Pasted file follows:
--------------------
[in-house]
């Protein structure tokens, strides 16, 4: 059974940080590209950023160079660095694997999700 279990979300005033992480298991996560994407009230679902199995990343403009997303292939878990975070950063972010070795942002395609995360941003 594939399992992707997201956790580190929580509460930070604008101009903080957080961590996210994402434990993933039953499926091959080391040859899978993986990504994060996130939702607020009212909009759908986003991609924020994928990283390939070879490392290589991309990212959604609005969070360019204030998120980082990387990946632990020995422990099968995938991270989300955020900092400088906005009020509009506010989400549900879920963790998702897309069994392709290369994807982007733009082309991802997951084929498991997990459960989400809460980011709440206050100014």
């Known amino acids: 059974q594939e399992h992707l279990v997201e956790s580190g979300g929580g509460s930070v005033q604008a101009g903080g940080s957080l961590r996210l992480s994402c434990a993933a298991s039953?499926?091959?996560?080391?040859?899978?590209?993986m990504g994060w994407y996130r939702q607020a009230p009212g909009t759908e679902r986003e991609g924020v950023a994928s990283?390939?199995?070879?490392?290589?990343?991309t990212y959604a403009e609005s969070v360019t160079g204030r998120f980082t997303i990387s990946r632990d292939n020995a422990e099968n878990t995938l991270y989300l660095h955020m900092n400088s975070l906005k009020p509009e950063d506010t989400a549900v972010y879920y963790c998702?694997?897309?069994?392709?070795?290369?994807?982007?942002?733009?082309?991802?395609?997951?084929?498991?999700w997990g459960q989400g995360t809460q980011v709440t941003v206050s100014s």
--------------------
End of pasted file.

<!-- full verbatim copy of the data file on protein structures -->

[in-house]
């Protein structure tokens, strides 16, 4: 059974940080590209950023160079660095694997999700 279990979300005033992480298991996560994407009230679902199995990343403009997303292939878990975070950063972010070795942002395609995360941003 594939399992992707997201956790580190929580509460930070604008101009903080957080961590996210994402434990993933039953499926091959080391040859899978993986990504994060996130939702607020009212909009759908986003991609924020994928990283390939070879490392290589991309990212959604609005969070360019204030998120980082990387990946632990020995422990099968995938991270989300955020900092400088906005009020509009506010989400549900879920963790998702897309069994392709290369994807982007733009082309991802997951084929498991997990459960989400809460980011709440206050100014």
């Known amino acids: 059974q594939e399992h992707l279990v997201e956790s580190g979300g929580g509460s930070v005033q604008a101009g903080g940080s957080l961590r996210l992480s994402c434990a993933a298991s039953?499926?091959?996560?080391?040859?899978?590209?993986m990504g994060w994407y996130r939702q607020a009230p009212g909009t759908e679902r986003e991609g924020v950023a994928s990283?390939?199995?070879?490392?290589?990343?991309t990212y959604a403009e609005s969070v360019t160079g204030r998120f980082t997303i990387s990946r632990d292939n020995a422990e099968n878990t995938l991270y989300l660095h955020m900092n400088s975070l906005k009020p509009e950063d506010t989400a549900v972010y879920y963790c998702?694997?897309?069994?392709?070795?290369?994807?982007?942002?733009?082309?991802?395609?997951?084929?498991?999700w997990g459960q989400g995360t809460q980011v709440t941003v206050s100014s």